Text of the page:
Aiken County may revamp back-to-school plans
AIKEN, S.C. (WRDW/WAGT) - Aiken County schools are having to reevaluate the plans they decided on yesterday after an announcement from South Carolina Gov. Henry McMaster.
During a briefing on July 15, McMaster said schools across South Carolina have to give parents the option to send kids back to school for a full five days a week and talked about how important it is kids are in class.
“We need to take every step in our disposal to get kids back in our classrooms, where they want to be, teachers want to be, district wants them to be. We must do it safely and carefully, but we must do it,” McMaster said.
The first one starts with a hybrid learning model, then transitioning to a full five days a week after monitoring the spread of COVID-19.
They’ll split the students into two groups. One group will have in-person instruction on Monday and Tuesday, while the second group will have in-person instruction on Wednesday and Thursday. Then the other three days of the week, students will work remotely.
The second option is complete virtual learning through Aiken Innovate.
But the governor said there has to be an option for parents to send kids to school at the start of the year, so how will the district respond?
Aiken County says they are focused on safety and giving parents a choice. And with this current level of COVID-19 spread, they think their two options offer the best of both.
It won't be busy hallways, but Aiken County is trying to offer as close to normal learning as they can.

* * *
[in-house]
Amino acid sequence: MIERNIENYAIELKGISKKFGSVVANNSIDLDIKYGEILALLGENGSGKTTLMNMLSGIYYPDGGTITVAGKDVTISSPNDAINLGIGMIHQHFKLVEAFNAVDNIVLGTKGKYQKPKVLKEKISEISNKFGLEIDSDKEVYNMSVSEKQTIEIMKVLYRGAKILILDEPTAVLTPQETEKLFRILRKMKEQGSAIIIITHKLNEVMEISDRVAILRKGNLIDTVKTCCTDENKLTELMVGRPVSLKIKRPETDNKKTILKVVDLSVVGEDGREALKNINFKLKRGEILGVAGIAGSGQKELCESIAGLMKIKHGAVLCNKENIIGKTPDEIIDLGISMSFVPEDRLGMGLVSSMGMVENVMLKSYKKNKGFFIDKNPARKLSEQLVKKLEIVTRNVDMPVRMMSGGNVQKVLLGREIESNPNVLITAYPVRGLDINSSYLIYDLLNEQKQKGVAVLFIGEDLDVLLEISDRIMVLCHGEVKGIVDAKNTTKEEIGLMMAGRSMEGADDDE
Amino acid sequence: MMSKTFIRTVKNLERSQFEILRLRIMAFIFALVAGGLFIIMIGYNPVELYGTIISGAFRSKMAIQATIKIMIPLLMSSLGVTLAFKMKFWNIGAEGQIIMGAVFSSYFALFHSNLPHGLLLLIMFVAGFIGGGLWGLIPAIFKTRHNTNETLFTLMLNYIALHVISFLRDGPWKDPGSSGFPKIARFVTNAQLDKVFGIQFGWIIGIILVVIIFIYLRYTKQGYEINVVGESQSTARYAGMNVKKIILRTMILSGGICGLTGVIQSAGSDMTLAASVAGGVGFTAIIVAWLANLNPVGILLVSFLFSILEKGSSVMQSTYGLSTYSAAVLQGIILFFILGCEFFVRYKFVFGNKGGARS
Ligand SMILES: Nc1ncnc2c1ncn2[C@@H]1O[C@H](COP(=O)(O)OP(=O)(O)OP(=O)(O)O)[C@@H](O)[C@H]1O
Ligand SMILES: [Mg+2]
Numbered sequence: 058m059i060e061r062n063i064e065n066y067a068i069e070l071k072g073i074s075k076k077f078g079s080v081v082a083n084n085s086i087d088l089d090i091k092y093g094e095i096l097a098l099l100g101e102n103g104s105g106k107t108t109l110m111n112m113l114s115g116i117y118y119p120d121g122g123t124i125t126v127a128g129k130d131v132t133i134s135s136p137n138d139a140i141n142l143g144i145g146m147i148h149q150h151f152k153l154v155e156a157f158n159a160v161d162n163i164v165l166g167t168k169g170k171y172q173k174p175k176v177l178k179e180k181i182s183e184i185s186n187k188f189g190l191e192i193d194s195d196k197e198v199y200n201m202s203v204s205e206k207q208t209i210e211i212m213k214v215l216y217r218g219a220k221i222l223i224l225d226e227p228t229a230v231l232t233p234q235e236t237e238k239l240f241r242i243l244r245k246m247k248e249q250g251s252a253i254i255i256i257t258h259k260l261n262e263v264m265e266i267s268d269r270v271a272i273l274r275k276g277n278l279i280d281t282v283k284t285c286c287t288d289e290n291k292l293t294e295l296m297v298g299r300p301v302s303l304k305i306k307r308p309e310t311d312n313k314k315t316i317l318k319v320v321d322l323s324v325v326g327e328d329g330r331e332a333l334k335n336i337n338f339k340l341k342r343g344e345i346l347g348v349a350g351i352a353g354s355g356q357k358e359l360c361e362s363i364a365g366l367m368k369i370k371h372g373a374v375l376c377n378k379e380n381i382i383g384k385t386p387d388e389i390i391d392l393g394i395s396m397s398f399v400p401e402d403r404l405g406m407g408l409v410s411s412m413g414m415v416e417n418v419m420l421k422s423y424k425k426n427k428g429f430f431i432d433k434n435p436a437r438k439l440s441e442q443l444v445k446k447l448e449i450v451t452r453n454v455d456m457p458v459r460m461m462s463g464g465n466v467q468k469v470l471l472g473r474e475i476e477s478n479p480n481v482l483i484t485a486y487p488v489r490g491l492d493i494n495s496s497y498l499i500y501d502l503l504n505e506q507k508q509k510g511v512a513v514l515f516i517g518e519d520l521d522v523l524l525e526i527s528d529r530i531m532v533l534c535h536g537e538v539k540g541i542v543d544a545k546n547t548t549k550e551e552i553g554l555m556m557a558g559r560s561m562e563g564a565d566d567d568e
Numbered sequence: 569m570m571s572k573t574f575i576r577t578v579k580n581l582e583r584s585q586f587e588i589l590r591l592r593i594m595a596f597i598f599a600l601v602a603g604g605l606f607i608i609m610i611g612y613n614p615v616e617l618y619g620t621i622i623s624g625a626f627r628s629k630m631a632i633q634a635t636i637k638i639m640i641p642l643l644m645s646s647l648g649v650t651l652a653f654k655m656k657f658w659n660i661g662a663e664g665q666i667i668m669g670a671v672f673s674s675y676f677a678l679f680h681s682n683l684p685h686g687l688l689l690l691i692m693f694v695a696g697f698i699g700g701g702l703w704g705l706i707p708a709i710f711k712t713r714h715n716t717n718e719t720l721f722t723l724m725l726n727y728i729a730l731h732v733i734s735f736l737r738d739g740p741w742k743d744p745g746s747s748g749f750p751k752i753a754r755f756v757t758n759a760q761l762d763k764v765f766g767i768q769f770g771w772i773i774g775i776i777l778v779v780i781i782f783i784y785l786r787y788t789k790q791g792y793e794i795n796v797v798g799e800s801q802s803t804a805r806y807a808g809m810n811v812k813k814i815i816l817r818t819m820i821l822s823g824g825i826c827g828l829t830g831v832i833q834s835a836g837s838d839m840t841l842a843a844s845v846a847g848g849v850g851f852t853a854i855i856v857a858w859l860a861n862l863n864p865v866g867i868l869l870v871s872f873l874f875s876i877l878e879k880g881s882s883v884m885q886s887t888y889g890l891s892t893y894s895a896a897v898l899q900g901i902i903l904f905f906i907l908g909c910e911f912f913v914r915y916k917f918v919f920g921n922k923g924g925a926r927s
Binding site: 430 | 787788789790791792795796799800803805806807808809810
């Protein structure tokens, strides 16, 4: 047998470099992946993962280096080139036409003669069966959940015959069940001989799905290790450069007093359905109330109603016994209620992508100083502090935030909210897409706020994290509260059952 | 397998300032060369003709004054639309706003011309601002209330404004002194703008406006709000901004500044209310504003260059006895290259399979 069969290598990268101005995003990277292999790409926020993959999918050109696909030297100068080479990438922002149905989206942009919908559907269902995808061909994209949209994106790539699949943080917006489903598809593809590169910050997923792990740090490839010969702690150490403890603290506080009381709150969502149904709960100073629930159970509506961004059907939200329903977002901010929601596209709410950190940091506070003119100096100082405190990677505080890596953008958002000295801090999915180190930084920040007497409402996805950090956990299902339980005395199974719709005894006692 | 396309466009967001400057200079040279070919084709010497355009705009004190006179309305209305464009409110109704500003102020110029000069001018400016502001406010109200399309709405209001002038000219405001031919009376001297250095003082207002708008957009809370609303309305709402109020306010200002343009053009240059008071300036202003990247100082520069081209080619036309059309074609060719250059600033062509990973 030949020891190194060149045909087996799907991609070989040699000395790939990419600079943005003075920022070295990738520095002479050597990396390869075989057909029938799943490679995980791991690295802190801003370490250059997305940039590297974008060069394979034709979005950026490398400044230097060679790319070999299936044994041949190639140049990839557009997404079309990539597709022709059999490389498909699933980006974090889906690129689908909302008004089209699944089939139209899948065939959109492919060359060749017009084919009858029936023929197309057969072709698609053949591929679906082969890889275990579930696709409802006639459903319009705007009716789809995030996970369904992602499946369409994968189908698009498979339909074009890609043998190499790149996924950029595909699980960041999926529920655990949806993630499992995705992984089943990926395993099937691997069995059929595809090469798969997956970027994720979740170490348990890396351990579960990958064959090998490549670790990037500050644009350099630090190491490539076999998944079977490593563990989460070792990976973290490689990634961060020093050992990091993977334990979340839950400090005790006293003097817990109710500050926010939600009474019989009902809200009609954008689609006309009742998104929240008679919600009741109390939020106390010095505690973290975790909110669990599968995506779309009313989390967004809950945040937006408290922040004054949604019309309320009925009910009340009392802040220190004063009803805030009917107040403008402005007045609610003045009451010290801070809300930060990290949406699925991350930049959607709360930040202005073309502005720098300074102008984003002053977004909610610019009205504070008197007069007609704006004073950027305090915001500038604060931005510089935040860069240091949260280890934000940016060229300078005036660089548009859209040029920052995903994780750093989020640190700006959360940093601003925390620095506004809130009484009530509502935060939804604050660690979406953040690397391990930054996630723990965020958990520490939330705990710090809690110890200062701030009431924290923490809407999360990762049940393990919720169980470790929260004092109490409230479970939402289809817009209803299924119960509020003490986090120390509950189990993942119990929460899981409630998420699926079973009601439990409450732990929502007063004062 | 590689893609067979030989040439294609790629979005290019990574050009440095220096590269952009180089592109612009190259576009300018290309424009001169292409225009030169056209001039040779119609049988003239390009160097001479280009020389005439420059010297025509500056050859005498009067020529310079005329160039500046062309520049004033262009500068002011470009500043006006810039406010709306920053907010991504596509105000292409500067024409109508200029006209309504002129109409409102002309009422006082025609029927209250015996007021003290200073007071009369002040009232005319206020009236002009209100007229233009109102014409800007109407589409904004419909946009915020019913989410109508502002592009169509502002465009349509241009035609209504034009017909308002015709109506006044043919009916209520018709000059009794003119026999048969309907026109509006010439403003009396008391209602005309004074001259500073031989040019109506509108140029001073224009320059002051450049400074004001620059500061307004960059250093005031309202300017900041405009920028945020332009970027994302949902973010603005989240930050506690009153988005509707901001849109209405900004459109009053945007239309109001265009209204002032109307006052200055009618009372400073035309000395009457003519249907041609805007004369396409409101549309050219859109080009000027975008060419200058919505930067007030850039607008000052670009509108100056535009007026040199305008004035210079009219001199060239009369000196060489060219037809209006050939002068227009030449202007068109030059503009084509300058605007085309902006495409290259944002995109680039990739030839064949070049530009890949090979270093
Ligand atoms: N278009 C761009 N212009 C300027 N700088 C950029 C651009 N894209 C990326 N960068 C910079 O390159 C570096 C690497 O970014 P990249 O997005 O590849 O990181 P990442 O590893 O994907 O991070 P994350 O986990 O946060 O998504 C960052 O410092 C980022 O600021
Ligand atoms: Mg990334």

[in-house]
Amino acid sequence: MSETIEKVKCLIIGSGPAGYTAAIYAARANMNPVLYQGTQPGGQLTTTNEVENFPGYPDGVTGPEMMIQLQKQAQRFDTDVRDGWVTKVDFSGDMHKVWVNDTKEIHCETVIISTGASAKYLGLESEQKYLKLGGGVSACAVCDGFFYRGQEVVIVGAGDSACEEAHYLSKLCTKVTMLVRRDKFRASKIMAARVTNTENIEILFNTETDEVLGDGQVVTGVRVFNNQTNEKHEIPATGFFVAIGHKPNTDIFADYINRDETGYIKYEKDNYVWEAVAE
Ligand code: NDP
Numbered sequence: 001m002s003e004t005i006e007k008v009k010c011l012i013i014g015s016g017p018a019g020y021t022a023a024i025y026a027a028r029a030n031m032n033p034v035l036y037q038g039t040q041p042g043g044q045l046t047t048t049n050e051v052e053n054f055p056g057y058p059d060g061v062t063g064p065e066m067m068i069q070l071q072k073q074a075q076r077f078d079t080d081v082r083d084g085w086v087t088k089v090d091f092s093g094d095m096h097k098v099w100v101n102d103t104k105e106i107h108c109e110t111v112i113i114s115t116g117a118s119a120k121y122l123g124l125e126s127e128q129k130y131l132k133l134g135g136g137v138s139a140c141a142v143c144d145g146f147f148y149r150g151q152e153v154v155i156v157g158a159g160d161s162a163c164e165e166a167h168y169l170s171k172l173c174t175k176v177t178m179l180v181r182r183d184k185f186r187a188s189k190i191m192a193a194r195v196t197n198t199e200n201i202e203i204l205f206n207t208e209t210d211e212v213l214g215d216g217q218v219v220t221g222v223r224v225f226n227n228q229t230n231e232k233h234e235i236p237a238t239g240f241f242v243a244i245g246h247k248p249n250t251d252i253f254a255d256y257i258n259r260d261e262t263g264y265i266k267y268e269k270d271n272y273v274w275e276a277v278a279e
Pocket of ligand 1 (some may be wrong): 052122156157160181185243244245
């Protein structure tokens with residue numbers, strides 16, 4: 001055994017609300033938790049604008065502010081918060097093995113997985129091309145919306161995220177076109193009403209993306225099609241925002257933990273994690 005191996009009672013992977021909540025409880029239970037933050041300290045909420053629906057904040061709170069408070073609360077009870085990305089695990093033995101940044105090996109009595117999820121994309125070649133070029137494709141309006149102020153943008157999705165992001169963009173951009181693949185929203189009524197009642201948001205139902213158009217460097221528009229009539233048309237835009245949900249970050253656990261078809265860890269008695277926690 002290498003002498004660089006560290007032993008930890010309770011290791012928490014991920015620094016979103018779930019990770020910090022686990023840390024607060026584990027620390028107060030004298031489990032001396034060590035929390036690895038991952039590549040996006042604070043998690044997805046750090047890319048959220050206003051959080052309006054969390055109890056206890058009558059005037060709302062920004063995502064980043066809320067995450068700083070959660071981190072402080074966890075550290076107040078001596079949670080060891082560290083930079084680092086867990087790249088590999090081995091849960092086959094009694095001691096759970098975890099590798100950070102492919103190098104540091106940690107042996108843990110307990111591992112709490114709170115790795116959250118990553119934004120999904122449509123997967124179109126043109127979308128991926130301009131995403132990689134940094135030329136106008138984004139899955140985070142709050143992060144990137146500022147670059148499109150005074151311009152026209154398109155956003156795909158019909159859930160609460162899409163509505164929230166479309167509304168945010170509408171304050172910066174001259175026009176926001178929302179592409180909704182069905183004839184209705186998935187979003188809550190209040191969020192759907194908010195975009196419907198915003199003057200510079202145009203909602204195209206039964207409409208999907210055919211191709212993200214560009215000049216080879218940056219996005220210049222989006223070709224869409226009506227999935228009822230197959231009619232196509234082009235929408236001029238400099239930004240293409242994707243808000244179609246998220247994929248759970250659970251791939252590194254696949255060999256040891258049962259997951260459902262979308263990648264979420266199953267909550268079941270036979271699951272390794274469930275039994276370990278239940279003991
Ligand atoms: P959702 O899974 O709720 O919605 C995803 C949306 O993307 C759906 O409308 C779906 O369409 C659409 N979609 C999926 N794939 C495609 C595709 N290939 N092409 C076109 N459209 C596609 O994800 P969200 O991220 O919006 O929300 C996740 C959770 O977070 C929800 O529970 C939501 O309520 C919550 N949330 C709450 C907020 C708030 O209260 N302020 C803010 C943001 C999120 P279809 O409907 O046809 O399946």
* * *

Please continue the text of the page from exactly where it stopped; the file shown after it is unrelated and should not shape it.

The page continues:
“I really feel that there’s just not going to be a foolproof way to make this happen,” said Tami Eichelberger, an Aiken County parent
Eichelberger has two kids in Aiken County schools and agrees with the governor, saying her kids will go back in-person.
“They lost a lot of valuable learning and instruction by virtual,” she said.
But Aiken County says their Innovate platform will be better. With teachers and students devoted 100 percent online, they will have an organized schedule with some live teaching and some pre-recorded.
For those with no internet, the school district says they will likely offer hotspots or the option to download course materials a week ahead, and they've ordered computers for students without them.
For in-person instruction, students and staff will be asked to wear masks but only where social distancing isn't possible.
And students will help with cleaning off their desks in between classes and there will temperature checks twice a day.
But even parents realize the plan isn't going to be perfect.
“There’s going to be kids that are going to carry the virus and not know it,”
The deadline to register for full virtual learning is Monday, but the school district says they will try to be flexible as the situation changes.
Meanwhile, the Aiken County School District released a statement late Wednesday afternoon after McMaster’s news conference. The district says they’ve heard what McMaster has to say and will re-evaluate their plans during a specially called meeting on July 21.
Still, the school district says their approach is closely aligned with DHEC and CDC guidelines.
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